The success of Gergonne's Annales opened the way for additional mathematical journals. For instance, the Journal für die reine und angewandte Mathematik, founded by August Leopold Crelle (1780-1855) in 1826, took the European lead as a periodical of advanced content after Annales folded. "Crelle's journal" accepted contributions from nations outside the German lands and promoted travel and research by mathematicians. Meanwhile, by mid-century, French mathematicians published their work in more than 30 journals, magazines, and newspapers, including the Journal de Mathématiques Pures et Appliquées, founded by Joseph Liouville (1809-1882) in 1836. In the last quarter of the century, Italian journals promoted the dissemination of mathematical research and bridged the gulf between French and German mathematicians caused by the Franco-Prussian War, while Acta Mathematica, based in Scandinavia, successfully drew international contributions on the largest scale for that time. These periodicals also started to include material on the history of mathematics. The major journals in the United States were Sylvester's American Journal of Mathematics and Annals of Mathematics, founded in 1884.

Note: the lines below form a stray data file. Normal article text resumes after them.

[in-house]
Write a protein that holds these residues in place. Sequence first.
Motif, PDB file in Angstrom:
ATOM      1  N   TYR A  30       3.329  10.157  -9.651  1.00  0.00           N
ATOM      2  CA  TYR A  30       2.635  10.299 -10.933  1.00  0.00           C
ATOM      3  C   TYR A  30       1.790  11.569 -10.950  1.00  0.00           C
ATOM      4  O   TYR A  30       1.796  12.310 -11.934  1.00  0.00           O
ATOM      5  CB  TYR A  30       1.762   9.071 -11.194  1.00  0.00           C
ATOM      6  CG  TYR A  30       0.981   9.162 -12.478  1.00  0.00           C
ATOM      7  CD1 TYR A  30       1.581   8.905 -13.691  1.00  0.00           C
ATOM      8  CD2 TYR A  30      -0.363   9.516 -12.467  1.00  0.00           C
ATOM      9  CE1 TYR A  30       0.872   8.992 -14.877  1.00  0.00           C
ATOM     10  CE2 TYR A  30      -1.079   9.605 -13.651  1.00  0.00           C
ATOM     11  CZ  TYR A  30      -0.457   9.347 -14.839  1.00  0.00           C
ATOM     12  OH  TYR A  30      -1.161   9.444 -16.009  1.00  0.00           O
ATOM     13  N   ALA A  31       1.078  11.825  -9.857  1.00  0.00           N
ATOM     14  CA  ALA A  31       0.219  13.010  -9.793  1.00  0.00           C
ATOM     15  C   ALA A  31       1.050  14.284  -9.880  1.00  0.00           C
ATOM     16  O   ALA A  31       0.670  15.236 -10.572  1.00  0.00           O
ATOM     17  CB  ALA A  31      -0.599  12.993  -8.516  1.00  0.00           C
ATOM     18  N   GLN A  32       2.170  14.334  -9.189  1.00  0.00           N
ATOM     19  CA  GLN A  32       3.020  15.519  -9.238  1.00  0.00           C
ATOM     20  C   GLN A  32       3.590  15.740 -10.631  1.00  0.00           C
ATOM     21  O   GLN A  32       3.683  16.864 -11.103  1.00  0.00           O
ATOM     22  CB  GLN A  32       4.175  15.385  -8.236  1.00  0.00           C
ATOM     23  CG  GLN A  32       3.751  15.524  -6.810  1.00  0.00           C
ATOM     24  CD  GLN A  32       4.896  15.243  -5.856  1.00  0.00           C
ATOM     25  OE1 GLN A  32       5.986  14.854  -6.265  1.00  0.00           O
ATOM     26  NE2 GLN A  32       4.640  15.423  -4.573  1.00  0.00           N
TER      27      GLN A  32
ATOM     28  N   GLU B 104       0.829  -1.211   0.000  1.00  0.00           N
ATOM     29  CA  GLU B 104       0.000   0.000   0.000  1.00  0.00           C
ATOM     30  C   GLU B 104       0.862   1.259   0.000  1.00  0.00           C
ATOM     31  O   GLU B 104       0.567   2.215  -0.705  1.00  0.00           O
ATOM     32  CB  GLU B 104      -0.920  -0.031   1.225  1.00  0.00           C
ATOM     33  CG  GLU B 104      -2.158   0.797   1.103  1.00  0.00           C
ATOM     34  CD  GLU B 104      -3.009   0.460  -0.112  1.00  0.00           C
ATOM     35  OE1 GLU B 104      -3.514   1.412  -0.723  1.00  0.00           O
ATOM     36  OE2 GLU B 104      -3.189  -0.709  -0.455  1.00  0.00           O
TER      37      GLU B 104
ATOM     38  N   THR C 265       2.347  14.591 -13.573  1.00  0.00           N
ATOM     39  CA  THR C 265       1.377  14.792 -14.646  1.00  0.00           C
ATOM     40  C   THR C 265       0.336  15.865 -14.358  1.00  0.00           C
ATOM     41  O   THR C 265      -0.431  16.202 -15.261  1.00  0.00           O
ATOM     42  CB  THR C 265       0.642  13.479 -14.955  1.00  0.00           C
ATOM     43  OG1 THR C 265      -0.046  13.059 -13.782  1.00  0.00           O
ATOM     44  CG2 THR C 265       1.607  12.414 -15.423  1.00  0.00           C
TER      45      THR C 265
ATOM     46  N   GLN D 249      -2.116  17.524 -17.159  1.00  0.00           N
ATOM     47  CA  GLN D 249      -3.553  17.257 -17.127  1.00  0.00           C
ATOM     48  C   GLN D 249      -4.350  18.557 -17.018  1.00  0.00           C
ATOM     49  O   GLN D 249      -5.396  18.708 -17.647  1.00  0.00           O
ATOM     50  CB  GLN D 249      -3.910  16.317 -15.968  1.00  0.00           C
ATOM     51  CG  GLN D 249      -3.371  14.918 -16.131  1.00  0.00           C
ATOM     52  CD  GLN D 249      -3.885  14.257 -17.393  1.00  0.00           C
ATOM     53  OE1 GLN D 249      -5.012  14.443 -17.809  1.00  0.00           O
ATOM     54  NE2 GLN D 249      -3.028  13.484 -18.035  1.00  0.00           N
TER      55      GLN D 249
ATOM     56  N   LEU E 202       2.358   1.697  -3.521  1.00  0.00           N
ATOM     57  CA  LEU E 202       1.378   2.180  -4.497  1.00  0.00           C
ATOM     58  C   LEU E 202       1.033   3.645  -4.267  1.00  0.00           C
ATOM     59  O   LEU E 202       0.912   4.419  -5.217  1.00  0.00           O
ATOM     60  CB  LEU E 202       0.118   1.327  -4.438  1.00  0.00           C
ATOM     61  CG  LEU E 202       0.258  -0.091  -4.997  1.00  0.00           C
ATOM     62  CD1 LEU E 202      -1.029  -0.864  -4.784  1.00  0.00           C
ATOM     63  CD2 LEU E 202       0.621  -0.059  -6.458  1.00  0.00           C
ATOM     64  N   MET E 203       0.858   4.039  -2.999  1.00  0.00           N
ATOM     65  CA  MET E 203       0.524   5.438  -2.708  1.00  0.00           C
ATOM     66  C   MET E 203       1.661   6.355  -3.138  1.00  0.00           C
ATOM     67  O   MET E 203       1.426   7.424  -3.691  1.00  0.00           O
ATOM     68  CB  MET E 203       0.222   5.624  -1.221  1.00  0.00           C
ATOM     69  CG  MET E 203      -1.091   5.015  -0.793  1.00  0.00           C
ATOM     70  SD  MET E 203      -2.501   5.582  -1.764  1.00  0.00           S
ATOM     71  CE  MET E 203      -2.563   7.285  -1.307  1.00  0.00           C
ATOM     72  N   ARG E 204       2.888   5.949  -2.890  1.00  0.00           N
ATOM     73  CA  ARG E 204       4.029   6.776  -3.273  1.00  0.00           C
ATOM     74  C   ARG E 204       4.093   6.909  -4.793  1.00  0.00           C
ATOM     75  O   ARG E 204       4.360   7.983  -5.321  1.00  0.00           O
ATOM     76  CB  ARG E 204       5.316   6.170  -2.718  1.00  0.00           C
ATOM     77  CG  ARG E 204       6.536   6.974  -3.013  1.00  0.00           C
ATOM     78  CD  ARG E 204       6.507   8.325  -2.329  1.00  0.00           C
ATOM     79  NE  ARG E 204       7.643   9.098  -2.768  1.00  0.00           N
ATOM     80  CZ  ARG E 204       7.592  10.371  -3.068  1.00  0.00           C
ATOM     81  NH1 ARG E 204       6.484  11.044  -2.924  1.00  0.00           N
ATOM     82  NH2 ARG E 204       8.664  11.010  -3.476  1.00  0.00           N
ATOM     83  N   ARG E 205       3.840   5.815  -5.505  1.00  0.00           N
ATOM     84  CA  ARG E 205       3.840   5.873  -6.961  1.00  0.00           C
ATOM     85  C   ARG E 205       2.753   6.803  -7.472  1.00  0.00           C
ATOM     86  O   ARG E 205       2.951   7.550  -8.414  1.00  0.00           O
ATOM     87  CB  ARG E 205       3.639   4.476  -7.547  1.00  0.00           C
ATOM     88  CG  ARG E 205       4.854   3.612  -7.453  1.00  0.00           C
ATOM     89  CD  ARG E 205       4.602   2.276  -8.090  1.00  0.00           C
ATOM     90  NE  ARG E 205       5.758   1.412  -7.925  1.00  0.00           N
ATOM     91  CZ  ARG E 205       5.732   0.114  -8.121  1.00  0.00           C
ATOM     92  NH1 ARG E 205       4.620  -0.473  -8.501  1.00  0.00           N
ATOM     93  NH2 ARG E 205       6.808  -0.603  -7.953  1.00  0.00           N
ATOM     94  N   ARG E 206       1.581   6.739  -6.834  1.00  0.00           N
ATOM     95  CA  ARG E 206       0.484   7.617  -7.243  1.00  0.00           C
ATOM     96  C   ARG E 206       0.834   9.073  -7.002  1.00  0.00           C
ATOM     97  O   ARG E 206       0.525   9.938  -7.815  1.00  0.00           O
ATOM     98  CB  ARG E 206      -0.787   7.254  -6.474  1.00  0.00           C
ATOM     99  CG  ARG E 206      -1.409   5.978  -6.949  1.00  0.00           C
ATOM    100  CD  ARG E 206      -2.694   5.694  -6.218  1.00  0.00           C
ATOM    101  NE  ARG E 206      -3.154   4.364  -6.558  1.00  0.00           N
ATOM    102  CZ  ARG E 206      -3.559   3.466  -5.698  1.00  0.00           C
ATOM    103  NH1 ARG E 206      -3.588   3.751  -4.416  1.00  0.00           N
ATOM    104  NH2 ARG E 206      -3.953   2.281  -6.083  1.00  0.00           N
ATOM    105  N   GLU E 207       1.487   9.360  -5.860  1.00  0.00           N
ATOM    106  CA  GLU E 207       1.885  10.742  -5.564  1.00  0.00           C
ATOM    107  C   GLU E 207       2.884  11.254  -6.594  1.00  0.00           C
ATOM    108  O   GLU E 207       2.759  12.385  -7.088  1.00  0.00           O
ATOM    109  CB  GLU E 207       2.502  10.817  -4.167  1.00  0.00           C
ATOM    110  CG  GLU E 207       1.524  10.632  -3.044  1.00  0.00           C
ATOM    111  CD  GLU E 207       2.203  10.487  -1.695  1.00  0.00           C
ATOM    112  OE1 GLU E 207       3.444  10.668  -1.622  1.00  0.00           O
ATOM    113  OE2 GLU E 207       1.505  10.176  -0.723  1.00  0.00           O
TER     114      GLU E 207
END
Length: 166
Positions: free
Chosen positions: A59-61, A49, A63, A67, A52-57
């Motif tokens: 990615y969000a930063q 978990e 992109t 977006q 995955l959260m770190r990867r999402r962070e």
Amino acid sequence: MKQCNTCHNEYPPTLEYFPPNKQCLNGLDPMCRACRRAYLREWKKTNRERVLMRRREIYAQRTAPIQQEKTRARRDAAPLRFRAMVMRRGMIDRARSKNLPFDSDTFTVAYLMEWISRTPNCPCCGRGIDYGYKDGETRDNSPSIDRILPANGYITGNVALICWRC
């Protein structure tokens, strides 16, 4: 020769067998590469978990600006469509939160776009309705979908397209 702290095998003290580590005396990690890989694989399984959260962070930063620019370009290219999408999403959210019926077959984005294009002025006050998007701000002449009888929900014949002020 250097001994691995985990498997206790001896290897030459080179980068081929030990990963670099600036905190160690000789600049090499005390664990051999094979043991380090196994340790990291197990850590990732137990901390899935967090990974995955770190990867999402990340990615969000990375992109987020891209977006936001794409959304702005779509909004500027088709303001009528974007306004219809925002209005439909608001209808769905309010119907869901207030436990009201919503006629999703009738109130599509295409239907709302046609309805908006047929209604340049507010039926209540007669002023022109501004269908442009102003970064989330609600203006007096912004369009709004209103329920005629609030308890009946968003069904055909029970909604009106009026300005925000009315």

Similarly, the London Mathematical Society's example in facilitating communication between mathematicians, publicizing international developments, and holding talks given by and to mathematics researchers was followed by mathematical societies established around the world in the last quarter of the nineteenth century. These organizations included the Moscow Mathematical Society, founded in 1867, the Société Mathématique de France, founded in 1872, the Edinburgh Mathematical Society, founded in 1883, and the Circolo Matematico di Palermo, founded in 1884. These societies often founded journals to publicize research results or published the proceedings of their meetings. Sometimes they presented awards to outstanding mathematicians.
In addition, new centers of mathematics rose in importance. While mathematicians in Paris dominated mathematical achievement into the 1830s, German mathematicians were then generally most productive for at least the next third of the century. London and Italy were also home to accomplished mathematicians. The United States as a whole rapidly gained prominence late in the nineteenth century, with the success of the 1893 congress bringing specific attention to the University of Chicago as an educational institution offering advanced mathematical training comparable to that available in Europe.